The “BASIC” block of countries, including China, India, Brazil and South-Africa, representing a group of emerging economies have become a strong geopolitical force in global governance. This “political power shift” became apparent during the Copenhagen Climate Conference and has been observed as well in the vote reform within the Bretton Woods Institutions, such as the World Bank and the IMF1. While the US and Europe continue to have a strong and powerful voice within the International Finance Institutions (IFIs) and UN bodies, the BASIC countries are increasingly using their political and economic clout and influence, especially through informal alliances around UNFCCC negotiations, Major Economies Forum (MEF) and shaping of Green Climate Fund.
The world is entering a new period in global politics, where restructuring of global institutions and redesigning of political processes are taking place to incorporate the interests of emerging economies. Even the World Bank has to navigate through this new emerging dynamic, especially on issues like energy strategy, environmental and social safeguards, etc. The role of the World Bank as a lender in BASIC countries and other emerging economies is becoming limited, as domestic and other international financial resources are more readily available. However, a new president of the World Bank can transform the institution so that is can play a critical role as a “trendsetter” to promote new development models based on low carbon approaches and strategies rather than business as usual. The challenge of climate change, limited natural resources, and staggering poverty in Asia and Africa calls for a monumental shift in the Bank’s lending approach and projects.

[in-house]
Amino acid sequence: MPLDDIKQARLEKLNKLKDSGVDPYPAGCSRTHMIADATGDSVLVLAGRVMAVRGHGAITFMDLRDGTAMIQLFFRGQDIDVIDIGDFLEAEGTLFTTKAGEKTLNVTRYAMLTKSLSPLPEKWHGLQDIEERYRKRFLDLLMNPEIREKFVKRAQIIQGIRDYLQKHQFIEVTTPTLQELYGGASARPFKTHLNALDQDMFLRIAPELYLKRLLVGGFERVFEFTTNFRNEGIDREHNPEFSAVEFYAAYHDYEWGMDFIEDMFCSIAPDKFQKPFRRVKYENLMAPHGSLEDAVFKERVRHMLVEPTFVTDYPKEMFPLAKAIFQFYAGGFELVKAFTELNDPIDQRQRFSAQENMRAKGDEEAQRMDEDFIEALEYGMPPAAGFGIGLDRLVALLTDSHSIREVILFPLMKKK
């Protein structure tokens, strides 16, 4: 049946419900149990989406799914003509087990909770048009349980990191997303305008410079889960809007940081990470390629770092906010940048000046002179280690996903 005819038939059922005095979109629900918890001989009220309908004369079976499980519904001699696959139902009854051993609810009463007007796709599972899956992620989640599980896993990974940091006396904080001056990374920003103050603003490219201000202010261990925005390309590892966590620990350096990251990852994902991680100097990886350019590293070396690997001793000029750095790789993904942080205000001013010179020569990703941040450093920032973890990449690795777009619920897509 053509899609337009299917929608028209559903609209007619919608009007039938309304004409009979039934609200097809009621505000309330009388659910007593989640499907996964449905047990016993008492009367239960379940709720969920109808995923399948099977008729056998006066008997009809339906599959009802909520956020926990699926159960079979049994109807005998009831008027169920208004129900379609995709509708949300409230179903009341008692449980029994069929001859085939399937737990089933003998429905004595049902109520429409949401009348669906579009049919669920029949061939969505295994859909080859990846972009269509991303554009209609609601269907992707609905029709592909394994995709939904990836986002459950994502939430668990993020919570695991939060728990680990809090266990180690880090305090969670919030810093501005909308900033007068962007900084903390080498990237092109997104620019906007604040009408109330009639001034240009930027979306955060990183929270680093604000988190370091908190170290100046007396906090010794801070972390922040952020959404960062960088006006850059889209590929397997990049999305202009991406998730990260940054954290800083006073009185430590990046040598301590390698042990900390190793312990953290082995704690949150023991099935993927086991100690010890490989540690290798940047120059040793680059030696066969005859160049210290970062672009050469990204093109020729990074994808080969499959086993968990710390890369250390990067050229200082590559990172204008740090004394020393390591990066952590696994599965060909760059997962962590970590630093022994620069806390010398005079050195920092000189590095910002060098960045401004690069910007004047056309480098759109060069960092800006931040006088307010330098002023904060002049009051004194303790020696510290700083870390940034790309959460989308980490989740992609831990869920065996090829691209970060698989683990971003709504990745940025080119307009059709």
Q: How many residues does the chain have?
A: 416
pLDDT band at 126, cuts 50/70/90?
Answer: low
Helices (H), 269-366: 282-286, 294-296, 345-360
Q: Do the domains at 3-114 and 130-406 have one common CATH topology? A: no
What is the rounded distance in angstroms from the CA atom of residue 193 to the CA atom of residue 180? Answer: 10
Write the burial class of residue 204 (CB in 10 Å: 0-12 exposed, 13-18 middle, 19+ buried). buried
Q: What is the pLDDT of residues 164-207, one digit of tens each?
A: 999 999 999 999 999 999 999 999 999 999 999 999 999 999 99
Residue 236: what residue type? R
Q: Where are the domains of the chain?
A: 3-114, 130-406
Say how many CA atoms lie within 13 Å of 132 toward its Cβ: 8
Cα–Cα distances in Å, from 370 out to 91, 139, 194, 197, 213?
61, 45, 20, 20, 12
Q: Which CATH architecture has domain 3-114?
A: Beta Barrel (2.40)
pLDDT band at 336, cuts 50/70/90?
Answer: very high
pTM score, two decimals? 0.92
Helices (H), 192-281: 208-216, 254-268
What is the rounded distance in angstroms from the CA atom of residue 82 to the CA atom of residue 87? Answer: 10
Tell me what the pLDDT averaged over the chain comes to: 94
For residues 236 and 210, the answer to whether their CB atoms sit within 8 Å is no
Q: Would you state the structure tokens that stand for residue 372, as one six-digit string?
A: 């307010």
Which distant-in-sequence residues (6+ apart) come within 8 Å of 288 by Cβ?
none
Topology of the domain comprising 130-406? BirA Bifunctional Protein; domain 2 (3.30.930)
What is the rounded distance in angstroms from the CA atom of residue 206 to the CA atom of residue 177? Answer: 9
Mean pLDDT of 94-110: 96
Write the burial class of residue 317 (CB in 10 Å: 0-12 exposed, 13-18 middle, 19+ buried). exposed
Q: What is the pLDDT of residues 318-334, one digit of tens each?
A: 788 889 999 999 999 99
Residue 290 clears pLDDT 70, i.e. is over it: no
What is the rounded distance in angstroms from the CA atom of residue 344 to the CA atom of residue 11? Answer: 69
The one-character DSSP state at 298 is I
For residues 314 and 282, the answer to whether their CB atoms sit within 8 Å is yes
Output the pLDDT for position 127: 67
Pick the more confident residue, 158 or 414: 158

The new leadership at the Bank will have to take bold steps to break the current inertia and over-reliance on the current development model, which is based on large centralized projects and trickle-down economics. The experience over the past decades has shown that at times the current model has done more harm to the local communities and environment than benefiting them.
There are many important upcoming events this year, for example UN initiatives on “Sustainable Energy for all” and Rio+20 are focusing on a green economy in the context of sustainable development and poverty eradication. They are trying to explore solutions to meet the challenge of providing basic needs to over 1.3 billion people without access to electricity and 2.7 billion people without clean cooking facilities. More than 95% of these people are either in sub-Saharan Africa or developing Asia and 84% are in rural areas. In this context, it is pivotal for new president of the World Bank to have a robust energy strategy and strong environmental and social due diligence process, which ensures that the services are delivered to the neediest while protecting their social, environmental and cultral rights.